As the Home Secretary has made clear, tackling the abhorrent crime of child sexual abuse is a priority for the Government, and this is reflected in the fact that it is one of six national threats in the strategic policing requirement.
For victims of historical child sexual exploitation to come forward, they have to have confidence that their claims will be not only taken seriously but tackled with due urgency. A constituent of mine tells me that South Yorkshire police have recently merged their historical child sexual exploitation department with their violent crime department. This means that whenever a new violent crime comes in, victims of child sexual exploitation have to wait for their case to be dealt with. What can the Minister do to ensure that specialism and due urgency are brought to these cases?
I accept the hon. Gentleman’s point that victims need to have confidence in the police system. That is why we have agreed to provide grants for specialist operations in a number of forces, including South Yorkshire police. Just as critically, we are investing in prevention and technology to identify online abuse.
The hon. Member for Chesterfield (Toby Perkins) is absolutely right to make that point, but is the Minister aware that the chief constable of Staffordshire, Gareth Morgan, who chairs the committee of chief constables regarding this sort of offence, has told me that there is a growing trend for people accused of such crimes subsequently to wrongly accuse others of such a crime, so that that can be used as mitigation? In other words, they are saying, “Don’t blame me. I’ve already been attacked in this way.”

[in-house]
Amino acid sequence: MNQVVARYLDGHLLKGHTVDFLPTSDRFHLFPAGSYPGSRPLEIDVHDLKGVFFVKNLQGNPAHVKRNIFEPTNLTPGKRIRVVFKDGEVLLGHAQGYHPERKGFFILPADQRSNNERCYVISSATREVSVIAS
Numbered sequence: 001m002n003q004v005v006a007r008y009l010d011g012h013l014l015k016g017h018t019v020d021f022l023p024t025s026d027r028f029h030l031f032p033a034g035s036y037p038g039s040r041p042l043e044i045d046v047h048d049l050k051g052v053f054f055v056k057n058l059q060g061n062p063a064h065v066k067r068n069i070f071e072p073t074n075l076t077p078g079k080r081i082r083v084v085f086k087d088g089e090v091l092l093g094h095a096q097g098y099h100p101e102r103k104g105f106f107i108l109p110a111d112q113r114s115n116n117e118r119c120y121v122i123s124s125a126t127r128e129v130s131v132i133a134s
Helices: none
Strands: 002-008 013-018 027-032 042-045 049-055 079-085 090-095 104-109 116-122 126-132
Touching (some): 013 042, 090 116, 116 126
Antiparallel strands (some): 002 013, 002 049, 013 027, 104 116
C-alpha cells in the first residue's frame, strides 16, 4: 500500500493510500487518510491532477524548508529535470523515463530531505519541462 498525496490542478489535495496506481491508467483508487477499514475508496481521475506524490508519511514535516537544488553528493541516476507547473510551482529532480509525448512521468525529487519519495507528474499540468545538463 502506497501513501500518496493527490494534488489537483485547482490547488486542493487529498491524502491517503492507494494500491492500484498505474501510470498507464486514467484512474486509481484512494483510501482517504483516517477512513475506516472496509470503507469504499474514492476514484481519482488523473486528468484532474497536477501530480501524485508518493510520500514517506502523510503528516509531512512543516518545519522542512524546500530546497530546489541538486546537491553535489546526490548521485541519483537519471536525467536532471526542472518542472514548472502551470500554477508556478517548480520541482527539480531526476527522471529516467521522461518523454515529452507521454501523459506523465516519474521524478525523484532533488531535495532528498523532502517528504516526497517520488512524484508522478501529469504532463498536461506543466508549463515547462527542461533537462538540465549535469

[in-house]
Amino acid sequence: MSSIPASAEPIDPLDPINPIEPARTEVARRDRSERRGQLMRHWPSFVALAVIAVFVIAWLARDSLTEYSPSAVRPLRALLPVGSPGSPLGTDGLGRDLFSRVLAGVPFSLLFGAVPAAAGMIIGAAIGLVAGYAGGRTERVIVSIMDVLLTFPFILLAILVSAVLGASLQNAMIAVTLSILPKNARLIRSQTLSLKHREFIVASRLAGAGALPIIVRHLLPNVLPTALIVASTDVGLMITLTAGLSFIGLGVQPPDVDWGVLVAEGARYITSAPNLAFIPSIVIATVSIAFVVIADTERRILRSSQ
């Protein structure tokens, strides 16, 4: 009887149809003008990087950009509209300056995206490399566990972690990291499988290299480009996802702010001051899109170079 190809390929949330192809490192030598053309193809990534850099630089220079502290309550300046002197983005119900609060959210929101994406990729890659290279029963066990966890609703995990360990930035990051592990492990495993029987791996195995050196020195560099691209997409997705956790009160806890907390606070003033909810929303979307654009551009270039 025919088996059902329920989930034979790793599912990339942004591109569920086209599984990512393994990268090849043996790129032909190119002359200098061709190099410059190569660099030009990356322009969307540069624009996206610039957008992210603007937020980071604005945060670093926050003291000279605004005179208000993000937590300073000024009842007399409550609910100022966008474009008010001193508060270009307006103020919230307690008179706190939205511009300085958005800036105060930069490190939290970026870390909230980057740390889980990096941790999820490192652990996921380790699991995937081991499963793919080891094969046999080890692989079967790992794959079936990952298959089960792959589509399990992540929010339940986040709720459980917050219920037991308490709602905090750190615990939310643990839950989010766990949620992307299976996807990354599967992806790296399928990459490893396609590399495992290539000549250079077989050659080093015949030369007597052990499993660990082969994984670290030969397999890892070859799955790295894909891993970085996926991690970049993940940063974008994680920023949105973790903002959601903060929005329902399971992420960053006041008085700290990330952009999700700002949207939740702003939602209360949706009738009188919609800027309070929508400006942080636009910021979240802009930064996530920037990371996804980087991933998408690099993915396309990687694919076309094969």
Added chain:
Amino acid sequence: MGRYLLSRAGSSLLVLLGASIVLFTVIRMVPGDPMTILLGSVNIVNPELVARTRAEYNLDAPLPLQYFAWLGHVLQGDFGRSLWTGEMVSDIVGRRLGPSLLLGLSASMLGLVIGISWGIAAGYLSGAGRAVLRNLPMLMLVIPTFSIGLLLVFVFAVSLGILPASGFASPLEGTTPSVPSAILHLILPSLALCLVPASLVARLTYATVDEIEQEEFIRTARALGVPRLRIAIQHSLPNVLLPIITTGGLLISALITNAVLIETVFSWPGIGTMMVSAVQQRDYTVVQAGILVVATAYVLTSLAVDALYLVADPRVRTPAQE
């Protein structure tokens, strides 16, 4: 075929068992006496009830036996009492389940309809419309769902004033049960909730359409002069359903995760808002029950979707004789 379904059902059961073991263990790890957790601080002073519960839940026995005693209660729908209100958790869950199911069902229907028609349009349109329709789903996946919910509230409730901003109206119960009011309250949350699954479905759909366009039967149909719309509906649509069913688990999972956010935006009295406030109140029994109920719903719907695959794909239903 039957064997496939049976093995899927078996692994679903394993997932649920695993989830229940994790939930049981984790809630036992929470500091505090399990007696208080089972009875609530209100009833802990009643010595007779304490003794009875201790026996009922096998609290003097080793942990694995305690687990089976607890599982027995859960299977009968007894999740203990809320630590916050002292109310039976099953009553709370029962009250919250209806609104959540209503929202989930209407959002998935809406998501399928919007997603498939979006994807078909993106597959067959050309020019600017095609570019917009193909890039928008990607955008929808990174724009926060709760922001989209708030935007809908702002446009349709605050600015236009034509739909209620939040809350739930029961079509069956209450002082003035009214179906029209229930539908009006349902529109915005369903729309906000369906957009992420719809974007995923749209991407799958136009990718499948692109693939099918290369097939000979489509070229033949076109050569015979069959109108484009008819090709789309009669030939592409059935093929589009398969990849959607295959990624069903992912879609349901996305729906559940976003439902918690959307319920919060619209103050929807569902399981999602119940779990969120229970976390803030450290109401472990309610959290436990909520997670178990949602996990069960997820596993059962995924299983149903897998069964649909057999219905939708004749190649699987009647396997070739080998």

I thank my hon. Friend, but I cannot comment on the truth or otherwise of his contribution. However, I want to press on the House the Government’s commitment to bear down on this abhorrent crime, not least by providing the police with the support and resources they need in terms of investment and powers.
I commend the Home Secretary for his commitment to preventing all forms of child abuse, but he knows that it is not just the police who need resources; it is survivors as well. Many people come forward only in adulthood to report child abuse, but statutory support stops at the age of 18. Will the Minister make a commitment to provide support to victims and survivors regardless of their age?
The hon. Lady has represented her constituents extremely well, and she has extremely brave constituents who have stood up in this context. We already provide support for victims and survivors of child sexual abuse, but I certainly take on board the point that she has made and I will be happy to discuss it with her personally.
If the leaks over the weekend are to be believed, the Government intend to deliver a real-terms cut in Government funding to our overstretched police for the ninth year running. Does the Minister not agree that passing the buck to local ratepayers is unfair to those forces that have cut the most and can raise the least and that it fundamentally fails to meet the demand from legacy and current child sexual exploitation and the enormous demand from cyber-crime and soaring violent crime?
The hon. Lady knows that I will not comment on leaks, but I would simply point out that this Government took the steps that resulted in an increase of £460 million of public investment in our police system this year, in a settlement that she and her colleagues voted against.